Vanessa was the fifteen-year-old daughter of the then Conservative Member of Parliament Terence Young. Vanessa suffered a stomach ailment and was prescribed medication as a result. Soon after beginning the medication, Vanessa sadly died of a heart attack. The drug she had been prescribed was later found to be unsafe and was pulled from the market. Mr. Young thereafter pushed for more stringent legislation to protect Canadians from unsafe drugs and for a better drug-monitoring system.
The result was the Protecting Canadians from Unsafe Drugs Actpassed in November of 2014. It has become known as Vanessa’s Law. It amended the Food and Drugs Actby adding the obligation that prescribed health care institutions (hospitals) were to report any negative experiences with therapeutic medications and medical devices.
A serious adverse drug reaction (SADR) is defined under the legislation as:
noxious and unintended response to a drug that occurs at any dose and that requires in-patient hospitalization or prolongation of existing hospitalization, causes congenital malformation, results in persistent or significant disability or incapacity, is life-threatening or results in death.
A medical device incident (MDI) is defined under the legislation as:
n incident related to a failure of a medical device or a deterioration in its effectiveness, or any inadequacy in its labelling or in its directions for use that has led to the death or a serious deterioration in the state of health of a patient, user, or other person, or could do so were it to recur.
Amendments to the Regulations made under the Food and Drugs Act and Vanessa’s Law are now passed and will come into force on December 16th, 2019. They seek to better outline the scope of the reporting obligation. They will impact virtually all hospitals in Canada.
According to the amendments, the required report must be submitted in writing within thirty days of the reporting incident and must include:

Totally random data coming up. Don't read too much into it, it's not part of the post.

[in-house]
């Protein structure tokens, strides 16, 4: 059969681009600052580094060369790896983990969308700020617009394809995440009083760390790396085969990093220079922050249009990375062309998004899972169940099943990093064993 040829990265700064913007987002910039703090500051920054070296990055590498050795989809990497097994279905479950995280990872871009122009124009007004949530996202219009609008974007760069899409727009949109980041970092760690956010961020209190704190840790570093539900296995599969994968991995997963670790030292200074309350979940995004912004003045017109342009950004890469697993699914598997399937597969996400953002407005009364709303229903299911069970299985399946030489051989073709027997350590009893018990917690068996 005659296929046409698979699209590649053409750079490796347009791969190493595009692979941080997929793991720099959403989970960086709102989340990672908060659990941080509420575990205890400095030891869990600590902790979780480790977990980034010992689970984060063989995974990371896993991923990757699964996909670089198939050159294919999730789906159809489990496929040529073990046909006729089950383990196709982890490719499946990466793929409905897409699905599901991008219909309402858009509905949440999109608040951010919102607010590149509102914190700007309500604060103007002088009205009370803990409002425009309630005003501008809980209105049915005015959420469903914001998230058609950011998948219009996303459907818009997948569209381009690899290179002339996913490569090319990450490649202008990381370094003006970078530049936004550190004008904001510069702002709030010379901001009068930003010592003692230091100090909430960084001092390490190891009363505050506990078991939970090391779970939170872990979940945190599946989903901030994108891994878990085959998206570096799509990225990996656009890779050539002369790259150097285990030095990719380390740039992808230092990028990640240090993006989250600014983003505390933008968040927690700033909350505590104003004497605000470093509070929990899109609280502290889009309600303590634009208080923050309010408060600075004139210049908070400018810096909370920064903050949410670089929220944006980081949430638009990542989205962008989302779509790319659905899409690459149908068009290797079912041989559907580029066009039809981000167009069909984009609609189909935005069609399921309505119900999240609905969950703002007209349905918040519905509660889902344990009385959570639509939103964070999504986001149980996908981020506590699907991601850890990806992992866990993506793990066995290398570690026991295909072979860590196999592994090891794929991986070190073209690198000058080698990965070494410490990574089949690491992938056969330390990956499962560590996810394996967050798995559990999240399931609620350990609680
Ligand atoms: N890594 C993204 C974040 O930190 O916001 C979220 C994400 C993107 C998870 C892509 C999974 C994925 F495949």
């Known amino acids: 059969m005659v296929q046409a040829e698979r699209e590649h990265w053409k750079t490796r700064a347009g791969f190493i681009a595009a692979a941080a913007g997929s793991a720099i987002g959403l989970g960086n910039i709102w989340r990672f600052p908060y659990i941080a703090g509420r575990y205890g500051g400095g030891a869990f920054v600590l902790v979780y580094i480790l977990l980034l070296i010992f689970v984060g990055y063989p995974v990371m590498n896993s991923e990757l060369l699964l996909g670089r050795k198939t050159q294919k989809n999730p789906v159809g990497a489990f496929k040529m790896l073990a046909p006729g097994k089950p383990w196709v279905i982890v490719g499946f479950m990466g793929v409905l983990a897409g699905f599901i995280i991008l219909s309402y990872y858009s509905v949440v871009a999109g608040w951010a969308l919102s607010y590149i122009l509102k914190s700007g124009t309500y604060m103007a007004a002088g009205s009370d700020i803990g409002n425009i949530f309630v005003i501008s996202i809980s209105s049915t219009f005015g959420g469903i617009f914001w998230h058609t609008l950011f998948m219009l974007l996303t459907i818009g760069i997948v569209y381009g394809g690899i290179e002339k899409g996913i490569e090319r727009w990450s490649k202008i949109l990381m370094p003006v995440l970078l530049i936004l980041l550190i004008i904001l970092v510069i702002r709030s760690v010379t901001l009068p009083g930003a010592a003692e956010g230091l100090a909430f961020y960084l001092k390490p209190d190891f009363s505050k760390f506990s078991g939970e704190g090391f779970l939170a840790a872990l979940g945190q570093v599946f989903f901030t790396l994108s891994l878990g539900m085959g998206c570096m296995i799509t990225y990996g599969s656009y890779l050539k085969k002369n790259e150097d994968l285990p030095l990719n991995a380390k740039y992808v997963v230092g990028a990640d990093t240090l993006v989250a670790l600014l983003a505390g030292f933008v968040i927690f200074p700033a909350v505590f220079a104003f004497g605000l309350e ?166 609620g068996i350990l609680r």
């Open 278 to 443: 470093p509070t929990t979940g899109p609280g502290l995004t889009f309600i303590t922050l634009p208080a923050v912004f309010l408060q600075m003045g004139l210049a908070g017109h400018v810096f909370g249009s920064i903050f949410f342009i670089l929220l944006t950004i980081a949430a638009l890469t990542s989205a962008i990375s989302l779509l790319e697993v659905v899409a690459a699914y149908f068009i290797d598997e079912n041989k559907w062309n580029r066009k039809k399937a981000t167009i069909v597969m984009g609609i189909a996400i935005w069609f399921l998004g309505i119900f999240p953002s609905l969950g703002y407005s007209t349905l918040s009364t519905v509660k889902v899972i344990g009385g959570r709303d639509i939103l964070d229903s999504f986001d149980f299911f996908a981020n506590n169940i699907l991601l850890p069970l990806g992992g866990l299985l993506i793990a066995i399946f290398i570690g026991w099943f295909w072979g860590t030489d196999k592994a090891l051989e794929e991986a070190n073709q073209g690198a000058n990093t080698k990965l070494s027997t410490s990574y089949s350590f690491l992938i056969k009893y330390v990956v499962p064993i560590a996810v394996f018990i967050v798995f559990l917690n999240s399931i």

Hospitals are exempted from the reporting requirements where:
Practicing up-to-date compliance with the law is the best way to avoid litigation in the future. To ensure compliance with all applicable health care regulations and legislation, it's best to reach out to an experienced health care lawyer who is up to date on all applicable laws and amendments.
At Wise Health Law,we are passionate about helping healthcare organizations, regulated health professionals, and regulated health professional associations understand and protect their legal rights. We follow developments in the law and are consistently at the forefront of change and innovation. Contact us online, or at 416-915-4234 for a consultation.
Like other professionals, pharmacists have been adjusting to an expanded scope of practice as all health professionals work to combat the COVID-19 pandemic. We wrote about some of these changes in our previous blog posts.
Last week, the Minister of Health made additional changes to the Regulated Health Professions Act relevant to pharmacy professionals. Now, members of the Ontario College of Pharmacists — including pharmacists, interns, registered pharmacy students, or pharmacy technicians — can administer coronavirus vaccines by injection. These individuals must be certified to administer vaccines and must do so while being engaged by an organization that has an agreement with the Minister governing the administration of the vaccine (e.g., a hospital).